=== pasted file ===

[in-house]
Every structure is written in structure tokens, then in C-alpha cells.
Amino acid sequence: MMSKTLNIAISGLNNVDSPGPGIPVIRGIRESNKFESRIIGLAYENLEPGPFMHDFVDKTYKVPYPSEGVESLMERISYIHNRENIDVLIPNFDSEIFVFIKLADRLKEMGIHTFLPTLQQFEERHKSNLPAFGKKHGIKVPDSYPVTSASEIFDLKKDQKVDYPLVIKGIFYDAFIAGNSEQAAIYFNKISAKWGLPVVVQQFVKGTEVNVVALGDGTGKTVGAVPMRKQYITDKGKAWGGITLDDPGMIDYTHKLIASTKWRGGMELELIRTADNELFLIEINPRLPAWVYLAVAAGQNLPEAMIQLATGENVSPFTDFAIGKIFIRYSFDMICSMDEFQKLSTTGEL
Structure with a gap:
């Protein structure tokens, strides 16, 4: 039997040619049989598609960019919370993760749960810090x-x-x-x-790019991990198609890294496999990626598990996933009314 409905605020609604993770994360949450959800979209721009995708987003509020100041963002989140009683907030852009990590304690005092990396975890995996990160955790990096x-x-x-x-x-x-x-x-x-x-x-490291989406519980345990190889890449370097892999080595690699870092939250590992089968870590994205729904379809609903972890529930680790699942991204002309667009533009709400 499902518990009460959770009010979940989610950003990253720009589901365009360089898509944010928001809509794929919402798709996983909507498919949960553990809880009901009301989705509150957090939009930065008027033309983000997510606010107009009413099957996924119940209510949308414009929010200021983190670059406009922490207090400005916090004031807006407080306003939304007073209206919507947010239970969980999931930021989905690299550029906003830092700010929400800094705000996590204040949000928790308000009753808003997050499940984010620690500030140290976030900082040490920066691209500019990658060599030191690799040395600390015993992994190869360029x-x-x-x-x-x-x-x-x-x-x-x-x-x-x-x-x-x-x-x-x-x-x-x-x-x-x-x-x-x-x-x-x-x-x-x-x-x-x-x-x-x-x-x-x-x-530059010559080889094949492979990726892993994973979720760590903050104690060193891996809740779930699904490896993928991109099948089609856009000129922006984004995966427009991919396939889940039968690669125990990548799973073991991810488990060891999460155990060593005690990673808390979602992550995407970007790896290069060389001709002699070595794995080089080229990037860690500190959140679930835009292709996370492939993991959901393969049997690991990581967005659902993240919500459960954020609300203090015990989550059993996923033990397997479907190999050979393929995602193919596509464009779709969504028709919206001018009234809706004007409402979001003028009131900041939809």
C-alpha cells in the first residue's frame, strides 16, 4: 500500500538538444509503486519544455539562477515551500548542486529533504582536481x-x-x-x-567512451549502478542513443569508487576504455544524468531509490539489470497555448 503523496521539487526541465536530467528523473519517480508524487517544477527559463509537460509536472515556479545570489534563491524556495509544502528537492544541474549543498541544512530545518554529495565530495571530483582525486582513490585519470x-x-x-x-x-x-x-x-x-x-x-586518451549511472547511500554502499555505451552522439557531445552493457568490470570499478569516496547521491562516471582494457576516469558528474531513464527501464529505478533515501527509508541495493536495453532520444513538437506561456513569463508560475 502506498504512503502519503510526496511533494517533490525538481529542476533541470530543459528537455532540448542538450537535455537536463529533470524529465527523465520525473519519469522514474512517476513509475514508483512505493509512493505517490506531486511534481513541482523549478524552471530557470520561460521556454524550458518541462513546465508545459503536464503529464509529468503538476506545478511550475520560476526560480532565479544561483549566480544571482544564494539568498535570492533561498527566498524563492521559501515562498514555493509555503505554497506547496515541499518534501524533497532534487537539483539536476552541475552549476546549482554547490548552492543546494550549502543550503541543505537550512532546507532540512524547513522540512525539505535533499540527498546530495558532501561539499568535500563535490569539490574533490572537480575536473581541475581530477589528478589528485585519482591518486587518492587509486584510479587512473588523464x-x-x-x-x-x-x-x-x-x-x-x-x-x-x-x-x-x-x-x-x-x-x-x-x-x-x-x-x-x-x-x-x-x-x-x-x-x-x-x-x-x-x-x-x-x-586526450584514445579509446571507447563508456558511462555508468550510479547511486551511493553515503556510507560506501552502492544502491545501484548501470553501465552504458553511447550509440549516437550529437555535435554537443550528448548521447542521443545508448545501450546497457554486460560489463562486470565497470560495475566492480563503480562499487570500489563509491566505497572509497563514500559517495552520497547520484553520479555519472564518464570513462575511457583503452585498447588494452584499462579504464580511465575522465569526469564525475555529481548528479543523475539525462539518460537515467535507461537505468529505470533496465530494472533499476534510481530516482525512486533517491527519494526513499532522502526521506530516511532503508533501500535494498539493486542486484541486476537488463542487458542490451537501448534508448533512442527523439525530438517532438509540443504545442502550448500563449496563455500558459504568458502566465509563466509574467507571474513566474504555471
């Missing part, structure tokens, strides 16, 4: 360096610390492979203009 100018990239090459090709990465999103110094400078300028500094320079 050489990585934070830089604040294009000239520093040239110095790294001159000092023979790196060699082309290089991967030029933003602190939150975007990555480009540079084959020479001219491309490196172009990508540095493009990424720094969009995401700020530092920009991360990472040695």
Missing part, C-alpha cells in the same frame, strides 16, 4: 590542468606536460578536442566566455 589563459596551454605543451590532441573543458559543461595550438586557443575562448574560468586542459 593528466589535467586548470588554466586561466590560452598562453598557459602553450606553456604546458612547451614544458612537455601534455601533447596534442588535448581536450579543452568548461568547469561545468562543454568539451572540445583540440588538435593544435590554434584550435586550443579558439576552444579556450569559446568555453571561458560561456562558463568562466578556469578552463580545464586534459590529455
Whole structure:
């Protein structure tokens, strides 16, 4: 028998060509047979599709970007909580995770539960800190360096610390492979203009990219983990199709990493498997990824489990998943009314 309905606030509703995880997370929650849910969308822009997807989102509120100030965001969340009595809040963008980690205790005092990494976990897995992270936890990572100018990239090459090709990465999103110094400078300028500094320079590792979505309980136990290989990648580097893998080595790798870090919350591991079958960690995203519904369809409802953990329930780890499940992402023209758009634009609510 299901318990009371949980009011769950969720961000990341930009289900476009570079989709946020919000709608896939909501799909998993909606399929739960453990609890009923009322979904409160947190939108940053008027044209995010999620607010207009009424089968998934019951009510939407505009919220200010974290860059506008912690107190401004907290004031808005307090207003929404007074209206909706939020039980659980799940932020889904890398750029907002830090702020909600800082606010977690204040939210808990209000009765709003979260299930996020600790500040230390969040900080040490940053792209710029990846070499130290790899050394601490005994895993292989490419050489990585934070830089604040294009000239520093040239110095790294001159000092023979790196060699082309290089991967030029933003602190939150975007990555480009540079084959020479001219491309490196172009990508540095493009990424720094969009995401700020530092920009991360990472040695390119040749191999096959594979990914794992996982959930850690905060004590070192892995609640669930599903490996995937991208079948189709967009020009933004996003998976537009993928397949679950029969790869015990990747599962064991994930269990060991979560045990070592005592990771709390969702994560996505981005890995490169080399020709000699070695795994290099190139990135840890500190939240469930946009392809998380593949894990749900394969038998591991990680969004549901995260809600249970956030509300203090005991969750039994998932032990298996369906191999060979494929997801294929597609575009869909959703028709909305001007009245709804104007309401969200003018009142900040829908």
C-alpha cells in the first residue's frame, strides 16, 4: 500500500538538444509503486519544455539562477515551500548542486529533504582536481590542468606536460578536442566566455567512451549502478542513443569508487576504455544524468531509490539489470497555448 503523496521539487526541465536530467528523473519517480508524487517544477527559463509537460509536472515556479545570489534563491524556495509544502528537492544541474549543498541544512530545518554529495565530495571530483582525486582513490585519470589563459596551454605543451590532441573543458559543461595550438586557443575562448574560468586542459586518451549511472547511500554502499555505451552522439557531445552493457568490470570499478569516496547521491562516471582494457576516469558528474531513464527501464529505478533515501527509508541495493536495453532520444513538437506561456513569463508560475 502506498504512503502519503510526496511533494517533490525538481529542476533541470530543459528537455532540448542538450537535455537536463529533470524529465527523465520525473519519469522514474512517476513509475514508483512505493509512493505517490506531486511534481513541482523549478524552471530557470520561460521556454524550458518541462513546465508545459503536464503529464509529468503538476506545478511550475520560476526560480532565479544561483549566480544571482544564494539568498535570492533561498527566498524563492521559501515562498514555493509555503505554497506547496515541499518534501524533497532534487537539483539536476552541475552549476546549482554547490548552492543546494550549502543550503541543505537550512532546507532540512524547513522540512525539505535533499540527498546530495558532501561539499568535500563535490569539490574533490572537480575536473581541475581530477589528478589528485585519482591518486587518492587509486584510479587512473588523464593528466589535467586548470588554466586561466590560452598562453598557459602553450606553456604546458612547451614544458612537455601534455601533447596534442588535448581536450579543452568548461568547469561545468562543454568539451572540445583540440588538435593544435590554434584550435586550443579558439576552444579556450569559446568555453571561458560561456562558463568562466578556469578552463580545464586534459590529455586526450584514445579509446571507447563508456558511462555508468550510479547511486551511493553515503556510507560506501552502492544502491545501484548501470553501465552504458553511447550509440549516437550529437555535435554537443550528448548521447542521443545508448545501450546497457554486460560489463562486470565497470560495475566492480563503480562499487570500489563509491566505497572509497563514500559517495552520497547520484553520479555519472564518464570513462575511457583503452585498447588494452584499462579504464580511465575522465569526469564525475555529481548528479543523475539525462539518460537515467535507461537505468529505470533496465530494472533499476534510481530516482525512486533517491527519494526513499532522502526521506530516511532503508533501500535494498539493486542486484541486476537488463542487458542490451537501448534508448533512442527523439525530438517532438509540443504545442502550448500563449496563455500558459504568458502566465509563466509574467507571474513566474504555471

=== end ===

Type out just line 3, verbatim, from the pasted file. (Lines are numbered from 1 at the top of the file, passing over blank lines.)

Amino acid sequence: MMSKTLNIAISGLNNVDSPGPGIPVIRGIRESNKFESRIIGLAYENLEPGPFMHDFVDKTYKVPYPSEGVESLMERISYIHNRENIDVLIPNFDSEIFVFIKLADRLKEMGIHTFLPTLQQFEERHKSNLPAFGKKHGIKVPDSYPVTSASEIFDLKKDQKVDYPLVIKGIFYDAFIAGNSEQAAIYFNKISAKWGLPVVVQQFVKGTEVNVVALGDGTGKTVGAVPMRKQYITDKGKAWGGITLDDPGMIDYTHKLIASTKWRGGMELELIRTADNELFLIEINPRLPAWVYLAVAAGQNLPEAMIQLATGENVSPFTDFAIGKIFIRYSFDMICSMDEFQKLSTTGEL